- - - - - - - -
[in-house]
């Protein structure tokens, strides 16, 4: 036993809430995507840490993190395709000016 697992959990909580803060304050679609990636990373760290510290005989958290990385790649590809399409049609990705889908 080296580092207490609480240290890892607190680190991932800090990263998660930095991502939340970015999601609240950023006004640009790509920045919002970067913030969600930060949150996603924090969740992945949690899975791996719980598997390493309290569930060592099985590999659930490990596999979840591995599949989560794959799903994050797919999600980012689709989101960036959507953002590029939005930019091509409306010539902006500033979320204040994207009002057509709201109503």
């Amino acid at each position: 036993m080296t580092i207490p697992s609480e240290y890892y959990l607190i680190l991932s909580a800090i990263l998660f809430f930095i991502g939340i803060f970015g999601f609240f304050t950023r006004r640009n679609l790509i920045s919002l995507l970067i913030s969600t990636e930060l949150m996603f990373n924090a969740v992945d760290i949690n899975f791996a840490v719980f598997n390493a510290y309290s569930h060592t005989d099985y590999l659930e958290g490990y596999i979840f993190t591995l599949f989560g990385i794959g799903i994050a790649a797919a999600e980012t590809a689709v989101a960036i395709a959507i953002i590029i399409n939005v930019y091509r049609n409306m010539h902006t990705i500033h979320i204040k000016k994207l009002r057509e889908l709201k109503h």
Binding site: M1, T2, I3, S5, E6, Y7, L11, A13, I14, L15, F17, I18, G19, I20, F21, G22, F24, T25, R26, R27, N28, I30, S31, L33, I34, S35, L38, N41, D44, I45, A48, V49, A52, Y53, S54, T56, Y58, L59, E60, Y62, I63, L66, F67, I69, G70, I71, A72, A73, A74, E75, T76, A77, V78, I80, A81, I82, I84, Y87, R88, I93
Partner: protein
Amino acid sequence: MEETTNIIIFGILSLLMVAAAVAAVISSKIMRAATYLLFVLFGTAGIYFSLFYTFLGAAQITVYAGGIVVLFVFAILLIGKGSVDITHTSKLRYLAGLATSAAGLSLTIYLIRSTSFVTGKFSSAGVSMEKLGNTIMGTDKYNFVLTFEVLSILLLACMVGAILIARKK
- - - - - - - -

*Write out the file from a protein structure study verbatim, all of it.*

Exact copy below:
[in-house]
């Protein structure tokens, strides 16, 4: 036993809430995507840490993190395709000016 697992959990909580803060304050679609990636990373760290510290005989958290990385790649590809399409049609990705889908 080296580092207490609480240290890892607190680190991932800090990263998660930095991502939340970015999601609240950023006004640009790509920045919002970067913030969600930060949150996603924090969740992945949690899975791996719980598997390493309290569930060592099985590999659930490990596999979840591995599949989560794959799903994050797919999600980012689709989101960036959507953002590029939005930019091509409306010539902006500033979320204040994207009002057509709201109503």
């Amino acid at each position: 036993m080296t580092i207490p697992s609480e240290y890892y959990l607190i680190l991932s909580a800090i990263l998660f809430f930095i991502g939340i803060f970015g999601f609240f304050t950023r006004r640009n679609l790509i920045s919002l995507l970067i913030s969600t990636e930060l949150m996603f990373n924090a969740v992945d760290i949690n899975f791996a840490v719980f598997n390493a510290y309290s569930h060592t005989d099985y590999l659930e958290g490990y596999i979840f993190t591995l599949f989560g990385i794959g799903i994050a790649a797919a999600e980012t590809a689709v989101a960036i395709a959507i953002i590029i399409n939005v930019y091509r049609n409306m010539h902006t990705i500033h979320i204040k000016k994207l009002r057509e889908l709201k109503h």
Binding site: M1, T2, I3, S5, E6, Y7, L11, A13, I14, L15, F17, I18, G19, I20, F21, G22, F24, T25, R26, R27, N28, I30, S31, L33, I34, S35, L38, N41, D44, I45, A48, V49, A52, Y53, S54, T56, Y58, L59, E60, Y62, I63, L66, F67, I69, G70, I71, A72, A73, A74, E75, T76, A77, V78, I80, A81, I82, I84, Y87, R88, I93
Partner: protein
Amino acid sequence: MEETTNIIIFGILSLLMVAAAVAAVISSKIMRAATYLLFVLFGTAGIYFSLFYTFLGAAQITVYAGGIVVLFVFAILLIGKGSVDITHTSKLRYLAGLATSAAGLSLTIYLIRSTSFVTGKFSSAGVSMEKLGNTIMGTDKYNFVLTFEVLSILLLACMVGAILIARKK